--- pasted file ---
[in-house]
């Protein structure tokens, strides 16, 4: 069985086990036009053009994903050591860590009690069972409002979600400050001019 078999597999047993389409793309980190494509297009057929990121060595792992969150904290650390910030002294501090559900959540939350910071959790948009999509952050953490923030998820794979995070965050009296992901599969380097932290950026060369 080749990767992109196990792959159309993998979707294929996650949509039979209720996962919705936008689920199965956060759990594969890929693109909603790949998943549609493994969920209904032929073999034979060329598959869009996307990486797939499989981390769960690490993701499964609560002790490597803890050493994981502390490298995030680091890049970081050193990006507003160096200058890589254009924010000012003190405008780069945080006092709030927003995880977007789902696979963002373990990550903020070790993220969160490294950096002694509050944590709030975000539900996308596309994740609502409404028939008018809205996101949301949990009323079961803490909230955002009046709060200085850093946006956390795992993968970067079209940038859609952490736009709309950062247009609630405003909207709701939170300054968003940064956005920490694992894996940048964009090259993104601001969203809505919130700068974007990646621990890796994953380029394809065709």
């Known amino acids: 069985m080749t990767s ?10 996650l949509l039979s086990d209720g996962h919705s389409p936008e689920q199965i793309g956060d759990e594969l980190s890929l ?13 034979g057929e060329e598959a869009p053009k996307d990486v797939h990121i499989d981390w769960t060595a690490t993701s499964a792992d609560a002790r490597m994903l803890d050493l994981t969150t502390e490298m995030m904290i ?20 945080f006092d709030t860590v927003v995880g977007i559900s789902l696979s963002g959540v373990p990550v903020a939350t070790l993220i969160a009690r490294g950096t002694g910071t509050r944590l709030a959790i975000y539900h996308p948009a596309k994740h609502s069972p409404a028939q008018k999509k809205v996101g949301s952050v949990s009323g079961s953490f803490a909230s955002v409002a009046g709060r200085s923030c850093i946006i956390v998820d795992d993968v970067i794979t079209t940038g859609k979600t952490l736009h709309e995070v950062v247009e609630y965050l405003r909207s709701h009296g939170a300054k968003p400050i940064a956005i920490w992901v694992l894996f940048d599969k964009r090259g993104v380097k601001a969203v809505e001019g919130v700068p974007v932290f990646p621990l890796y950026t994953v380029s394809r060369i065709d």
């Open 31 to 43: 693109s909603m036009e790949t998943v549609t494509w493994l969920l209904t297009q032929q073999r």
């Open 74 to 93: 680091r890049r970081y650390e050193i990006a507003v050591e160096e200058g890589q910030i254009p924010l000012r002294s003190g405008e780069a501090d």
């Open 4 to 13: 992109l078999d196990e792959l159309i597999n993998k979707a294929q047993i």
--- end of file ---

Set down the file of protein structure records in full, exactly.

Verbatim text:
[in-house]
């Protein structure tokens, strides 16, 4: 069985086990036009053009994903050591860590009690069972409002979600400050001019 078999597999047993389409793309980190494509297009057929990121060595792992969150904290650390910030002294501090559900959540939350910071959790948009999509952050953490923030998820794979995070965050009296992901599969380097932290950026060369 080749990767992109196990792959159309993998979707294929996650949509039979209720996962919705936008689920199965956060759990594969890929693109909603790949998943549609493994969920209904032929073999034979060329598959869009996307990486797939499989981390769960690490993701499964609560002790490597803890050493994981502390490298995030680091890049970081050193990006507003160096200058890589254009924010000012003190405008780069945080006092709030927003995880977007789902696979963002373990990550903020070790993220969160490294950096002694509050944590709030975000539900996308596309994740609502409404028939008018809205996101949301949990009323079961803490909230955002009046709060200085850093946006956390795992993968970067079209940038859609952490736009709309950062247009609630405003909207709701939170300054968003940064956005920490694992894996940048964009090259993104601001969203809505919130700068974007990646621990890796994953380029394809065709």
């Known amino acids: 069985m080749t990767s ?10 996650l949509l039979s086990d209720g996962h919705s389409p936008e689920q199965i793309g956060d759990e594969l980190s890929l ?13 034979g057929e060329e598959a869009p053009k996307d990486v797939h990121i499989d981390w769960t060595a690490t993701s499964a792992d609560a002790r490597m994903l803890d050493l994981t969150t502390e490298m995030m904290i ?20 945080f006092d709030t860590v927003v995880g977007i559900s789902l696979s963002g959540v373990p990550v903020a939350t070790l993220i969160a009690r490294g950096t002694g910071t509050r944590l709030a959790i975000y539900h996308p948009a596309k994740h609502s069972p409404a028939q008018k999509k809205v996101g949301s952050v949990s009323g079961s953490f803490a909230s955002v409002a009046g709060r200085s923030c850093i946006i956390v998820d795992d993968v970067i794979t079209t940038g859609k979600t952490l736009h709309e995070v950062v247009e609630y965050l405003r909207s709701h009296g939170a300054k968003p400050i940064a956005i920490w992901v694992l894996f940048d599969k964009r090259g993104v380097k601001a969203v809505e001019g919130v700068p974007v932290f990646p621990l890796y950026t994953v380029s394809r060369i065709d």
């Open 31 to 43: 693109s909603m036009e790949t998943v549609t494509w493994l969920l209904t297009q032929q073999r």
């Open 74 to 93: 680091r890049r970081y650390e050193i990006a507003v050591e160096e200058g890589q910030i254009p924010l000012r002294s003190g405008e780069a501090d």
């Open 4 to 13: 992109l078999d196990e792959l159309i597999n993998k979707a294929q047993i």